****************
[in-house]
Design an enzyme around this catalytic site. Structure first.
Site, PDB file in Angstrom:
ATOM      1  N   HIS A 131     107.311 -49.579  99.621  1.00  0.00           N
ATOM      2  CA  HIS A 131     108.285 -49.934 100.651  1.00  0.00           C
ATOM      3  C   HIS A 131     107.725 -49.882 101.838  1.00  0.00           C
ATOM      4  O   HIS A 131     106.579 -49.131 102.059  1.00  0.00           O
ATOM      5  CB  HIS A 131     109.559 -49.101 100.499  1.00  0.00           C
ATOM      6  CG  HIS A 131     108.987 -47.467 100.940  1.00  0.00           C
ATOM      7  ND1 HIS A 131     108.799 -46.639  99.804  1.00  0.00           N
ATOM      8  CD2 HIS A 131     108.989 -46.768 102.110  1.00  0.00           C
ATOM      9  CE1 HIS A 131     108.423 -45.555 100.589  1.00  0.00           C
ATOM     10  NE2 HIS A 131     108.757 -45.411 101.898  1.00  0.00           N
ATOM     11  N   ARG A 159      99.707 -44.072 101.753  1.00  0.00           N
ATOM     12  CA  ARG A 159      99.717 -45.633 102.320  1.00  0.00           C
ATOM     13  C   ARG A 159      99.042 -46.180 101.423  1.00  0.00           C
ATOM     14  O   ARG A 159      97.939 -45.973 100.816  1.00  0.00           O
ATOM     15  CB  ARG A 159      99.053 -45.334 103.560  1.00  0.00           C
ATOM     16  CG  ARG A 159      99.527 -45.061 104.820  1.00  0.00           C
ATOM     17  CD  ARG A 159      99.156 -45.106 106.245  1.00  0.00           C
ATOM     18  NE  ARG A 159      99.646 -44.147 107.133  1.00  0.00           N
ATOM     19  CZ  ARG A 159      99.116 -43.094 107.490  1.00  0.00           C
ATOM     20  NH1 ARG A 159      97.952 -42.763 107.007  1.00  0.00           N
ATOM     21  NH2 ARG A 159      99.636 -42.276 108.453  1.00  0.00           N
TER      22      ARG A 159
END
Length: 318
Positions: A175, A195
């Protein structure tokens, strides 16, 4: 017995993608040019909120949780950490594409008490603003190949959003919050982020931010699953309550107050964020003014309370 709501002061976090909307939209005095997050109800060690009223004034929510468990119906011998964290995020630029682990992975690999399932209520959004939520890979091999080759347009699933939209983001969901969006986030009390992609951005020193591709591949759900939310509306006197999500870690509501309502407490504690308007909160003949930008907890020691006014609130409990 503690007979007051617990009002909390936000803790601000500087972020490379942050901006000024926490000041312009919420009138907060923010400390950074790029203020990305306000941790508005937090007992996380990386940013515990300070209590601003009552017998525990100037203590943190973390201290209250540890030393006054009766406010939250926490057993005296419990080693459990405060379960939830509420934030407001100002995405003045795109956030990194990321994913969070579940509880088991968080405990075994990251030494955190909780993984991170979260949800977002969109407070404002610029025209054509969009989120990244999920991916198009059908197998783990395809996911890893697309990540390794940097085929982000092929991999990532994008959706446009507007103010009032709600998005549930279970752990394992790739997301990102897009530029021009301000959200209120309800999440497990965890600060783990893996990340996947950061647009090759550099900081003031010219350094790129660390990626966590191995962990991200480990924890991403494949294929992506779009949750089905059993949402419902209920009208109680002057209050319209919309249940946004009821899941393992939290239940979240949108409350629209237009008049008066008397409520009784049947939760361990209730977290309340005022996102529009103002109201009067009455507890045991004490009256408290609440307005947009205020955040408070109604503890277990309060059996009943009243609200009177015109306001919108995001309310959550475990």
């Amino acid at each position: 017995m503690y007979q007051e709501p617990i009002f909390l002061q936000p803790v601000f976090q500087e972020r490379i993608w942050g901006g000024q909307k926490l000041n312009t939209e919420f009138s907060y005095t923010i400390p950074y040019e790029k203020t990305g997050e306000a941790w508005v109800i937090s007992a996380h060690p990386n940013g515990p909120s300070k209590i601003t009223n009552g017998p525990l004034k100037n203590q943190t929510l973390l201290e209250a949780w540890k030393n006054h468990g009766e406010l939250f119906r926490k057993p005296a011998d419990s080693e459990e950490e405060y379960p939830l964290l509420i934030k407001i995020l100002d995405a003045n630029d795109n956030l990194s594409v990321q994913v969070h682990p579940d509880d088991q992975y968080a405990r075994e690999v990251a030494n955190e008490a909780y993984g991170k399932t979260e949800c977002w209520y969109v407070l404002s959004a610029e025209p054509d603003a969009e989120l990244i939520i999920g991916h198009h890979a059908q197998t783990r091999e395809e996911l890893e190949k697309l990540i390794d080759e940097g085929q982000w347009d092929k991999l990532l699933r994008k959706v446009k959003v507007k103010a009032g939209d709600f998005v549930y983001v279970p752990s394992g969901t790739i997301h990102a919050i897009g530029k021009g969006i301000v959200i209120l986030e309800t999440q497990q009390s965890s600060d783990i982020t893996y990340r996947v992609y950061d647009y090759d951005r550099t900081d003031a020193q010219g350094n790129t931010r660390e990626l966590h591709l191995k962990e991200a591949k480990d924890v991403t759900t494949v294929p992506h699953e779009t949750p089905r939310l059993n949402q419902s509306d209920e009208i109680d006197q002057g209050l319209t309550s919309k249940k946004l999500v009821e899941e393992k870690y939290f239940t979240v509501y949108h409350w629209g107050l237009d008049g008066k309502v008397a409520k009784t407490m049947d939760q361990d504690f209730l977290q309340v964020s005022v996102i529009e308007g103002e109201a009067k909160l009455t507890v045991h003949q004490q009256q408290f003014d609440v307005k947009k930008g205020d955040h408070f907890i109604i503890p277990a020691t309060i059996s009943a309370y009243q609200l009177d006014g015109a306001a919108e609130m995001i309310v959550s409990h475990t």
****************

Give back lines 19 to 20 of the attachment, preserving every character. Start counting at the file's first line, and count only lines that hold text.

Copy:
ATOM     16  CG  ARG A 159      99.527 -45.061 104.820  1.00  0.00           C
ATOM     17  CD  ARG A 159      99.156 -45.106 106.245  1.00  0.00           C